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Bruce Cockburn - Songs With Philosophy, and the Beat of a Thumb
POSTED: MARCH 6TH, 2002
The hardest-working right thumb in show business may belong to Bruce Cockburn, the Canadian songwriter, who played a sold-out solo show at the Bottom Line on Saturday night. With quiet virtuosity, on his acoustic guitar, Mr. Cockburn materializes chords and modal filigrees while his thumb provides the music's pulse and its foundation. It is at once a deep Celtic drone, a drumbeat and the throb of a vigilant conscience.

Mr. Cockburn (pronounced COE- burn) has just released a retrospective album, "Anything Anytime Anywhere" (Rounder), that sums up a repertory balanced between personal hopes and political anger. They're the songs of a thoughtful, compassionate man who refuses to take his comfortable life for granted. A song like "Lovers in a Dangerous Time" sums up his perspective: "One day you're waiting for the sky to fall/ The next you're dazzled by the beauty of it all."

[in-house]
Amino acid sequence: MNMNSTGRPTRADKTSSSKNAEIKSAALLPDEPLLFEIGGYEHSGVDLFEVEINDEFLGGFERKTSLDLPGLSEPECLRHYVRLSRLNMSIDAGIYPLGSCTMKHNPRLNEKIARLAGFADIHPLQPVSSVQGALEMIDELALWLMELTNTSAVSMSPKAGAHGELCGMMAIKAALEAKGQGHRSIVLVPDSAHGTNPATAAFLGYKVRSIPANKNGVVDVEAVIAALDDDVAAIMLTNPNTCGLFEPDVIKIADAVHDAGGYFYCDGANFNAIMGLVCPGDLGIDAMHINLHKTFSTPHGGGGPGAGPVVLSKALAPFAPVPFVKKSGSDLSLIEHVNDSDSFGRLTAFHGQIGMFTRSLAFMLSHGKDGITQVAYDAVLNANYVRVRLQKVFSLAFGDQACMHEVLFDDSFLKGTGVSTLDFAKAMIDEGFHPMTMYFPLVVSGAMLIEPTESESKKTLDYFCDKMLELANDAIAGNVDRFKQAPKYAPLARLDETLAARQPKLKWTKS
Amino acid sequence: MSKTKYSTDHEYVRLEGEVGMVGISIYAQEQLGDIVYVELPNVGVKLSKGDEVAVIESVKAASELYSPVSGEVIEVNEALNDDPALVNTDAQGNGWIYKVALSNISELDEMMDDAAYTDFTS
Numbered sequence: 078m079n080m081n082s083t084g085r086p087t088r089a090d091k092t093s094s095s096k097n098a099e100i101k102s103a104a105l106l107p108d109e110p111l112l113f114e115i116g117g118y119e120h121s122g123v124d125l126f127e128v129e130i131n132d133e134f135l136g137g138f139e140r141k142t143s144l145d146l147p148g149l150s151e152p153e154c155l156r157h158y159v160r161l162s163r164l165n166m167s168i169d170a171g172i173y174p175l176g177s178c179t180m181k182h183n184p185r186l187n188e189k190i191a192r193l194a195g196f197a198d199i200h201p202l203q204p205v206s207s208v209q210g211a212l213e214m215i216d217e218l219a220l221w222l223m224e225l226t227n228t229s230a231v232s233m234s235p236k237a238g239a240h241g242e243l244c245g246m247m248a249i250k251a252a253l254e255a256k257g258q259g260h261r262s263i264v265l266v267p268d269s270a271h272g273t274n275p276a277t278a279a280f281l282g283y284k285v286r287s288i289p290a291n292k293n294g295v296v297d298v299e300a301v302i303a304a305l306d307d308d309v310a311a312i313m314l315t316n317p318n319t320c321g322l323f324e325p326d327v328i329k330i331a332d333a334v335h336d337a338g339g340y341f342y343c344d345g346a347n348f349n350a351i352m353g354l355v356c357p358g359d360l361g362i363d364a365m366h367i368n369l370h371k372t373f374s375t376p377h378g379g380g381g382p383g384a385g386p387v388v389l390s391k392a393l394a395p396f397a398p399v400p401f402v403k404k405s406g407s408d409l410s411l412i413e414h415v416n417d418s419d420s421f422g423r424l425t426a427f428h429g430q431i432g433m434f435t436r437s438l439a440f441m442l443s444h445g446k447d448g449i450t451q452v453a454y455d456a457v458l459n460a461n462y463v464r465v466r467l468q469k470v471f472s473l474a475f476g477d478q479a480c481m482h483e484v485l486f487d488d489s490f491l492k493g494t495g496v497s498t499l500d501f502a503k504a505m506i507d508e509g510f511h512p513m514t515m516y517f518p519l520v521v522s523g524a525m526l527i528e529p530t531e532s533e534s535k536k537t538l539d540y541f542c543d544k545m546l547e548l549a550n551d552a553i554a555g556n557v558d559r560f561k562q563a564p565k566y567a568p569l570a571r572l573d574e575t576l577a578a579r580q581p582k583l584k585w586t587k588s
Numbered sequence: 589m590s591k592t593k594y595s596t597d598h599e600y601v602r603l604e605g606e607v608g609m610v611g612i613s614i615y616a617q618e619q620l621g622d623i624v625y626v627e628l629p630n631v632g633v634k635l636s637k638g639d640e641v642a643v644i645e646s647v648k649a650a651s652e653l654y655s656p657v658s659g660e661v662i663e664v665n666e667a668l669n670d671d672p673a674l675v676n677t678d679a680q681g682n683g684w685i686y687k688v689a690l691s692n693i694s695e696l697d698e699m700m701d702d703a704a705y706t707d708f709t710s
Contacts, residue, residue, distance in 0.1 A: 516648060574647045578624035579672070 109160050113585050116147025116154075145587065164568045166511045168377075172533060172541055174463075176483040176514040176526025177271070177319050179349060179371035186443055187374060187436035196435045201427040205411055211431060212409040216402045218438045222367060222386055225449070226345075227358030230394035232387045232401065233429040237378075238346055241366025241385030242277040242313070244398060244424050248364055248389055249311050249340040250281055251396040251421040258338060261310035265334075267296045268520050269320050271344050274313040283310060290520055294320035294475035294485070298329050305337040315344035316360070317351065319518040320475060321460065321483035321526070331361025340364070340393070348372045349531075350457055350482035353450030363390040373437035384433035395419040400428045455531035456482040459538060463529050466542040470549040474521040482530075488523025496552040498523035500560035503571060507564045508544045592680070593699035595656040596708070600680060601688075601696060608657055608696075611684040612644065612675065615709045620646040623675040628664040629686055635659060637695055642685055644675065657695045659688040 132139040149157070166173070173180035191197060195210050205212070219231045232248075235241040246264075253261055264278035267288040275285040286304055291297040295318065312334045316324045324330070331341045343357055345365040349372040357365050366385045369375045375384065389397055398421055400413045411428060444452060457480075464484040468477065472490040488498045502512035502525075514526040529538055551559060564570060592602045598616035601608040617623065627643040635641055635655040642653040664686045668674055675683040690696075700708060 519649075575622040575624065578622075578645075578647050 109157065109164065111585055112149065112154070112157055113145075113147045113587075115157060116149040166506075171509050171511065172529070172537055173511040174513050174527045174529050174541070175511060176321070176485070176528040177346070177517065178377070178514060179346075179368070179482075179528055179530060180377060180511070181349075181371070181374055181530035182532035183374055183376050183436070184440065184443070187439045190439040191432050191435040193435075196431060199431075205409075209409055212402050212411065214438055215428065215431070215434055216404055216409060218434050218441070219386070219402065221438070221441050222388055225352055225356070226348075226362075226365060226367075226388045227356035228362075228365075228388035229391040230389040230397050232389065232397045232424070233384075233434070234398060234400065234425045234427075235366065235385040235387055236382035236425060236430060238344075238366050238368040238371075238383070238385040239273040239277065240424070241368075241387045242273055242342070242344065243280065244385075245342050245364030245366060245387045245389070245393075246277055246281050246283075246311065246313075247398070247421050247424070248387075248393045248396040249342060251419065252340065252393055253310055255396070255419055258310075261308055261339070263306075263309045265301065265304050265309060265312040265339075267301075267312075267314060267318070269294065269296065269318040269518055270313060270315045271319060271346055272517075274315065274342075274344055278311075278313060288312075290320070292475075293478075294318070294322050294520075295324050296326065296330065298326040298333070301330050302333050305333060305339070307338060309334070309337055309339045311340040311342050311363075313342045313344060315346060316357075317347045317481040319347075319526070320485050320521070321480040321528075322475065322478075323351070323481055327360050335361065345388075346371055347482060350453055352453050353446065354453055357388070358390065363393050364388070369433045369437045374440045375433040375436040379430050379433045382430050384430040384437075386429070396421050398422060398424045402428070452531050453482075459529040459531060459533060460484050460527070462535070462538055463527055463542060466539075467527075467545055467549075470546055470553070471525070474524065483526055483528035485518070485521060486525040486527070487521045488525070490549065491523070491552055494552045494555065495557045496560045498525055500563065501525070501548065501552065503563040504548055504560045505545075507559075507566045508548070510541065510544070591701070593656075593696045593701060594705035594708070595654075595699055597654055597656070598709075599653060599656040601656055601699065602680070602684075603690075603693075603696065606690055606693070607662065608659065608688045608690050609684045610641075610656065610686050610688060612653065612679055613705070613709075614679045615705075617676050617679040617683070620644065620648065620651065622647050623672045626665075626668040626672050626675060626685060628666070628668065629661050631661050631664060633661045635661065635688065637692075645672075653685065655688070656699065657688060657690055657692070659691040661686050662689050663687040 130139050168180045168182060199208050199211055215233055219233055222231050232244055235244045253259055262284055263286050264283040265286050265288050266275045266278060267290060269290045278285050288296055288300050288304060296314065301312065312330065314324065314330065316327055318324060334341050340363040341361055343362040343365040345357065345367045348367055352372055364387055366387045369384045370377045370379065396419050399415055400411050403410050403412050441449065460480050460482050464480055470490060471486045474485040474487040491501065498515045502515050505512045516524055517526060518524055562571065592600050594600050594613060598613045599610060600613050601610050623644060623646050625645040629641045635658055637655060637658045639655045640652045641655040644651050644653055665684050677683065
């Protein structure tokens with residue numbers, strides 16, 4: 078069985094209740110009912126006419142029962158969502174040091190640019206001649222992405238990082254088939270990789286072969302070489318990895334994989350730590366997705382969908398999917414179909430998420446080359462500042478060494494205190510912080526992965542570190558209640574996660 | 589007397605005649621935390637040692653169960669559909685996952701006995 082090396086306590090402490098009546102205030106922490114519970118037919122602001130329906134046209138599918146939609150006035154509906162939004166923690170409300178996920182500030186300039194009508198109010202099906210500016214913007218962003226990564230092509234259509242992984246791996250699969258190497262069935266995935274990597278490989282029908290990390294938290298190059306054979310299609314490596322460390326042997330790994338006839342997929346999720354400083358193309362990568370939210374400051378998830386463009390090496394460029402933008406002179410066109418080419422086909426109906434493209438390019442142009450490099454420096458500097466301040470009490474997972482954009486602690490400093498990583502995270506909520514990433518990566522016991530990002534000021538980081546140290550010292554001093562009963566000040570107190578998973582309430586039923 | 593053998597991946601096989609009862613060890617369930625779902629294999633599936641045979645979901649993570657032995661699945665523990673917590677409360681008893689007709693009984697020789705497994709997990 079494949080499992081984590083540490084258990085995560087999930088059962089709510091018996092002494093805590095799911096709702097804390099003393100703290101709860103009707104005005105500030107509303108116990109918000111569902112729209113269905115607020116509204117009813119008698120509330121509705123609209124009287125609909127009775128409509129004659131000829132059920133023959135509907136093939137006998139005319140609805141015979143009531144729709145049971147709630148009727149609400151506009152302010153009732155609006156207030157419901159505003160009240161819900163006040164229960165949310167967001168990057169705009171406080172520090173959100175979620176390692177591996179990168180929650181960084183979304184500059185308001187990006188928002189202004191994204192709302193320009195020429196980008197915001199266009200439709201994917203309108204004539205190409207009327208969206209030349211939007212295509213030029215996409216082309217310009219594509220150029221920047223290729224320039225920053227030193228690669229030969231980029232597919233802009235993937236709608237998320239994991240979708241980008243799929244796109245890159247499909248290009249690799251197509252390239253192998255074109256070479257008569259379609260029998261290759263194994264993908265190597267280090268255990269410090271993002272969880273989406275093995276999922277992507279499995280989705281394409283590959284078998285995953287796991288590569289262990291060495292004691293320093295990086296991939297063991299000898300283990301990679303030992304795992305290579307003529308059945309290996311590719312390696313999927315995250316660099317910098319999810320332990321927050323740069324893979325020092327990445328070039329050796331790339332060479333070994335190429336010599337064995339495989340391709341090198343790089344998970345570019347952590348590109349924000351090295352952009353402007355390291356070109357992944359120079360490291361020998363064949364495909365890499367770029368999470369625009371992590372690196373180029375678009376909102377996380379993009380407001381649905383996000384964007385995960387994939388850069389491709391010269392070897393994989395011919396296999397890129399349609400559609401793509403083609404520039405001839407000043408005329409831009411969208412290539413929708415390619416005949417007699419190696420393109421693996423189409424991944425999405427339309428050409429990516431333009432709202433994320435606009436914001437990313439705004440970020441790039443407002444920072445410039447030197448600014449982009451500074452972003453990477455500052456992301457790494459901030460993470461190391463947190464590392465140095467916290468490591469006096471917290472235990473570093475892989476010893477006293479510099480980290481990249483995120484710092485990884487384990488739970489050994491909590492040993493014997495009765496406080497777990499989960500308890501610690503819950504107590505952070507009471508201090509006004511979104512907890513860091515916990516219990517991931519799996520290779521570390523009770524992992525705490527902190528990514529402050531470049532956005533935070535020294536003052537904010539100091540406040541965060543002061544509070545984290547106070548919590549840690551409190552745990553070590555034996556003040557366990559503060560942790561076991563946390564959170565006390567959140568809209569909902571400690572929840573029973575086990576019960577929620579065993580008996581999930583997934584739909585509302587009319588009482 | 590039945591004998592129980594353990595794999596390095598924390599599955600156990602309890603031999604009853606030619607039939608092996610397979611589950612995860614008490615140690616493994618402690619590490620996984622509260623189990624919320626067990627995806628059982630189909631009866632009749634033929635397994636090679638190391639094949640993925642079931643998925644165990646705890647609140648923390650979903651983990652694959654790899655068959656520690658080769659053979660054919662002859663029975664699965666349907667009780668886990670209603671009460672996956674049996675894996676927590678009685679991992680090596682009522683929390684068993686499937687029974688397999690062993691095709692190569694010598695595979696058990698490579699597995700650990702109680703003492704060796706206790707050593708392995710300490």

In a career that now extends more than 30 years, Mr. Cockburn has always been more philosophical than confessional. His songs measure private feelings against the larger currents of history and spiritual aspirations. In two sets on Saturday night, he sang travelogues like "Tibetan Side of Town," in which a trip to Katmandu sets him thinking about "a culture crushed by Chinese greed." He sang about revelation in "Mango"; he mused over the way age erodes idealism in "Pacing the Cage."

He warned about tyranny masked as security in "The Trouble With Normal" and denounced the impact of globalization in "Call It Democracy," which envisions "international loan sharks backed by the guns of market hungry military profiteers." A new song, written since Sept. 11, lamented "terrible deeds done in the name of tunnel vision and fear of change."

Mr. Cockburn doesn't raise his homey, peat-smoked voice when his words grow defiant or indignant. He just gives it an extra shade of calm resolve. Through the years, Mr. Cockburn has worked with various backup bands, dipping into jazz, country and reggae along with folk- rock. But when he plays solo, he dissolves the production styles of various eras and his songs take on a contemplative purity. During "World of Wonders," he played a stretch of solo guitar that sent scales darting gracefully above a complex finger-picked pattern. In a song about finding radiance amid fear and squalor, it was a thumb-powered epiphany.
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